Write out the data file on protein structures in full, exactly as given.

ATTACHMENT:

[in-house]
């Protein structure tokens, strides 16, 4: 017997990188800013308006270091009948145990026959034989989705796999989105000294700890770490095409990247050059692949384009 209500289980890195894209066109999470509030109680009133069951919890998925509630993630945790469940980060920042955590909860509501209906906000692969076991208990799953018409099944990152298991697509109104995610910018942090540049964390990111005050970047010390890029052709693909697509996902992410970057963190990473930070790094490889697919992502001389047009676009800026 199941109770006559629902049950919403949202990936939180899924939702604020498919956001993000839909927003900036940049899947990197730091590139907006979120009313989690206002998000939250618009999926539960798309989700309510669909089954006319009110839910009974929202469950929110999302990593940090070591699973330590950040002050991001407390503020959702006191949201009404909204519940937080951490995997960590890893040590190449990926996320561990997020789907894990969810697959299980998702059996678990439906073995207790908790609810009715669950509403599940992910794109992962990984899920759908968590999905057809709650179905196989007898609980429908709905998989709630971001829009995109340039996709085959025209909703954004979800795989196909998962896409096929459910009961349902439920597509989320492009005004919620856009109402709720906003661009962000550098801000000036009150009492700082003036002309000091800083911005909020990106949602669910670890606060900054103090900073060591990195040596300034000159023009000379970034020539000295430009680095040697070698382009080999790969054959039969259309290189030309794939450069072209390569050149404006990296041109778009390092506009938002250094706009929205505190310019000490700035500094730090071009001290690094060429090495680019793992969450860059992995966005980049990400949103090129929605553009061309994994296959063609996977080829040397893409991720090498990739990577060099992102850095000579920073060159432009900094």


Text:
[in-house]
């Protein structure tokens, strides 16, 4: 017997990188800013308006270091009948145990026959034989989705796999989105000294700890770490095409990247050059692949384009 209500289980890195894209066109999470509030109680009133069951919890998925509630993630945790469940980060920042955590909860509501209906906000692969076991208990799953018409099944990152298991697509109104995610910018942090540049964390990111005050970047010390890029052709693909697509996902992410970057963190990473930070790094490889697919992502001389047009676009800026 199941109770006559629902049950919403949202990936939180899924939702604020498919956001993000839909927003900036940049899947990197730091590139907006979120009313989690206002998000939250618009999926539960798309989700309510669909089954006319009110839910009974929202469950929110999302990593940090070591699973330590950040002050991001407390503020959702006191949201009404909204519940937080951490995997960590890893040590190449990926996320561990997020789907894990969810697959299980998702059996678990439906073995207790908790609810009715669950509403599940992910794109992962990984899920759908968590999905057809709650179905196989007898609980429908709905998989709630971001829009995109340039996709085959025209909703954004979800795989196909998962896409096929459910009961349902439920597509989320492009005004919620856009109402709720906003661009962000550098801000000036009150009492700082003036002309000091800083911005909020990106949602669910670890606060900054103090900073060591990195040596300034000159023009000379970034020539000295430009680095040697070698382009080999790969054959039969259309290189030309794939450069072209390569050149404006990296041109778009390092506009938002250094706009929205505190310019000490700035500094730090071009001290690094060429090495680019793992969450860059992995966005980049990400949103090129929605553009061309994994296959063609996977080829040397893409991720090498990739990577060099992102850095000579920073060159432009900094």